[Convulsive syncope: characteristics and reproducibility using the tilt test]

An Pediatr (Barc). 2003 Nov;59(5):441-7. doi: 10.1016/s1695-4033(03)78758-x.
[Article in Spanish]


Objectives: To establish the main clinical characteristics of convulsive syncope and the usefulness of the tilt test in its diagnosis.

Methods: A total of 317 patients (aged 5-18 years old) under clinical suspicion of neurocardiogenic syncope underwent a multiparametric tilt test. Our tilt test protocol includes continuous noninvasive measurement of heart rate, blood pressure, and arterial oxygen saturation, as well as continuous noninvasive measurement of cerebral oxygen saturation by near-infrared spectrophotometry. In selected patients, simultaneous electroencephalogram (EEG) was performed.

Results: The tilt test was positive in 216 patients (68.1 %). Of these, 25 (11.6 %) showed seizures during the test (convulsive syncope). Convulsions were asymmetric-tonic in 15 patients (60 %), generalized tonic in 5 (20 %), and tonic-clonic in 5 (20 %). In all patients, convulsive episodes lasted less than 30 seconds and spontaneously ceased upon placing the patient in a horizontal or Trendelenburg position. When simultaneous EEG was performed, diffuse brain wave slowing was observed, without paroxysmal activity.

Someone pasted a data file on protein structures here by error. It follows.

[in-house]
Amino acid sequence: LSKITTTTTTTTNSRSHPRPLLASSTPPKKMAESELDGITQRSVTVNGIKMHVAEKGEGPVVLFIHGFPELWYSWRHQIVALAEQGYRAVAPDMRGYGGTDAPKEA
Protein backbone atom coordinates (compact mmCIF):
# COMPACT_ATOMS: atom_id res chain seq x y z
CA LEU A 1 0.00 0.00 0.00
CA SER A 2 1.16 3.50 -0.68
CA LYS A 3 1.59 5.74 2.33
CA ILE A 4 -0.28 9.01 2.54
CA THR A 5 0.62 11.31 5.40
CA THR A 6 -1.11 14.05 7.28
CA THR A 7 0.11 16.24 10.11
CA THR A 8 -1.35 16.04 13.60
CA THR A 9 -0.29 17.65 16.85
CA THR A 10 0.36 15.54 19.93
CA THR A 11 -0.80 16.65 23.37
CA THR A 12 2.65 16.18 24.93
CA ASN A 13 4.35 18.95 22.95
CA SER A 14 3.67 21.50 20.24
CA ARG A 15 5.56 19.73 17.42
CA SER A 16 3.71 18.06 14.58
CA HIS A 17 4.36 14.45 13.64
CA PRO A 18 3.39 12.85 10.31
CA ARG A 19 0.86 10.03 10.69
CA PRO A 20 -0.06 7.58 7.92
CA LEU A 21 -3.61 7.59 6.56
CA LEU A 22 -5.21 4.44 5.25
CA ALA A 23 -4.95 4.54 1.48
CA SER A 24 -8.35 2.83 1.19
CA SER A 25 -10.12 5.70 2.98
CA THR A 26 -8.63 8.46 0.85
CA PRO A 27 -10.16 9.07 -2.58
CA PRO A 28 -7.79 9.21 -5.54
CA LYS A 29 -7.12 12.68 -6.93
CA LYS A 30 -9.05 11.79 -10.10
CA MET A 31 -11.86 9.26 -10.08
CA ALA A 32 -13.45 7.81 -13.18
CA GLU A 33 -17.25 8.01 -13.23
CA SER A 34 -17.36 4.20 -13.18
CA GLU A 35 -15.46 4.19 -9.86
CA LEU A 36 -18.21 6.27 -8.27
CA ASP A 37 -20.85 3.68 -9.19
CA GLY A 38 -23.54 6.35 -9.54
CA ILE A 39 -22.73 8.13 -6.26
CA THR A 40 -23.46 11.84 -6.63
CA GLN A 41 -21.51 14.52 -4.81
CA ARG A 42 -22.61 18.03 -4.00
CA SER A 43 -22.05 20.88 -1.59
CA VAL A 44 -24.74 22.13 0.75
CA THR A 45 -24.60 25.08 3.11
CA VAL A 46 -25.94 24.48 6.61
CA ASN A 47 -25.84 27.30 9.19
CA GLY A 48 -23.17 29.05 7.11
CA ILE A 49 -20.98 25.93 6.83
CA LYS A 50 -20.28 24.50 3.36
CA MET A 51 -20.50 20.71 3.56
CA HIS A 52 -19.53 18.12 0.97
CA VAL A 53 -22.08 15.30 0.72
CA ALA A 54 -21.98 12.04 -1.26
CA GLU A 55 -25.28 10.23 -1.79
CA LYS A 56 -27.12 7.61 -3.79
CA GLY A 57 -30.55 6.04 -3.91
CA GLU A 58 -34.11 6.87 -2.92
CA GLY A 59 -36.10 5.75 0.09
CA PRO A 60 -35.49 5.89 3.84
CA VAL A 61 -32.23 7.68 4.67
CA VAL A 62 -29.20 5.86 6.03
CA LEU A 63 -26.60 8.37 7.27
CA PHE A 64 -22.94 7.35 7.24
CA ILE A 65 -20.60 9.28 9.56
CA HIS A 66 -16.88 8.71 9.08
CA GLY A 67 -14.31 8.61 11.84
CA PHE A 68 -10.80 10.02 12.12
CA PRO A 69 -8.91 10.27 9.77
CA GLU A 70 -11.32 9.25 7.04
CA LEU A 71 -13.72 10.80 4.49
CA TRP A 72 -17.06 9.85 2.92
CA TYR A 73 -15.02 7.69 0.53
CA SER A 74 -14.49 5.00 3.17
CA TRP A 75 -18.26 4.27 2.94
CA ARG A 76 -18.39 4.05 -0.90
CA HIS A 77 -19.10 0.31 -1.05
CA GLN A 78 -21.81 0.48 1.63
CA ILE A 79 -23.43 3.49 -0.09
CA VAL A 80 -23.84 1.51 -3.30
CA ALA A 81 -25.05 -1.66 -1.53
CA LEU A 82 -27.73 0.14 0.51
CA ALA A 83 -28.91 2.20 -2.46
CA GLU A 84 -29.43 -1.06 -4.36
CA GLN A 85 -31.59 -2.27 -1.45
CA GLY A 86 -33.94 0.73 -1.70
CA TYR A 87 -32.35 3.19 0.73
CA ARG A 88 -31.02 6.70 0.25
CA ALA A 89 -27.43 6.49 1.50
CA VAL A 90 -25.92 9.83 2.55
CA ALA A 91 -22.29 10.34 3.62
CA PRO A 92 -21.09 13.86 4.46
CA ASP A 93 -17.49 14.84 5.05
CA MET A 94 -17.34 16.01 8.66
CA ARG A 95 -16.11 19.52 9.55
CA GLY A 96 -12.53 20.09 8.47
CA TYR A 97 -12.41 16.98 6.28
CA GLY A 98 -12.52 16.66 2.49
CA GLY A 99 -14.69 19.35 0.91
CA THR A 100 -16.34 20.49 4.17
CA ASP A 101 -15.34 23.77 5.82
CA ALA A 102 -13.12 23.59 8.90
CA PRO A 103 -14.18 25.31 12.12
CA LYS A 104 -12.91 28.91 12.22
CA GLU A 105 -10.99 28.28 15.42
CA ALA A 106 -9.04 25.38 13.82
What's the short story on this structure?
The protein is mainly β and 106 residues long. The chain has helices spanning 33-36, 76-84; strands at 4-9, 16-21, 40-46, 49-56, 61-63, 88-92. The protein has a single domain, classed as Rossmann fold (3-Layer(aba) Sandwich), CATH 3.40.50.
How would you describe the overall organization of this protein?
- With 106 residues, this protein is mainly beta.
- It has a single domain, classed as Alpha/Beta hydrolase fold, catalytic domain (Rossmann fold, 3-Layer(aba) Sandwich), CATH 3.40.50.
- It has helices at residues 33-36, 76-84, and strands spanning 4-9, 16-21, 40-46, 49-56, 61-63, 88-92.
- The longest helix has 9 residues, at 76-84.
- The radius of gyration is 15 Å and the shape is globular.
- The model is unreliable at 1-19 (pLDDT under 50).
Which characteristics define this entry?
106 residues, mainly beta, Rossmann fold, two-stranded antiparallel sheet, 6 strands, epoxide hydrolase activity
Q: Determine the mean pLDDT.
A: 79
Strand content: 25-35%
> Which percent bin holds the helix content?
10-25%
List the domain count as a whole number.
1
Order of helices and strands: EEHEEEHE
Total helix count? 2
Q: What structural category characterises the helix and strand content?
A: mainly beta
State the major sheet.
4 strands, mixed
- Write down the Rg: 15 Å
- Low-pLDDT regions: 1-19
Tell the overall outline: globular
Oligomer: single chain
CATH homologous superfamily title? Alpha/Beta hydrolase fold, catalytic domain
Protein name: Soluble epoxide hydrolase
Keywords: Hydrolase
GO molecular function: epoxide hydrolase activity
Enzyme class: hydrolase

Conclusions: Convulsive syncope is not an uncommon event in children and is easily elicited by means of the tilt test. Pediatricians should be aware of this finding in order to avoid the frequently established unidirectional association between seizures and epileptic disorders. Consequently, the tilt test should be considered an essential tool in the differential diagnosis between convulsive syncope and epilepsy.

Publication types

  • English Abstract

MeSH terms

  • Adolescent
  • Child
  • Child, Preschool
  • Female
  • Humans
  • Male
  • Reproducibility of Results
  • Syncope / diagnosis*
  • Tilt-Table Test*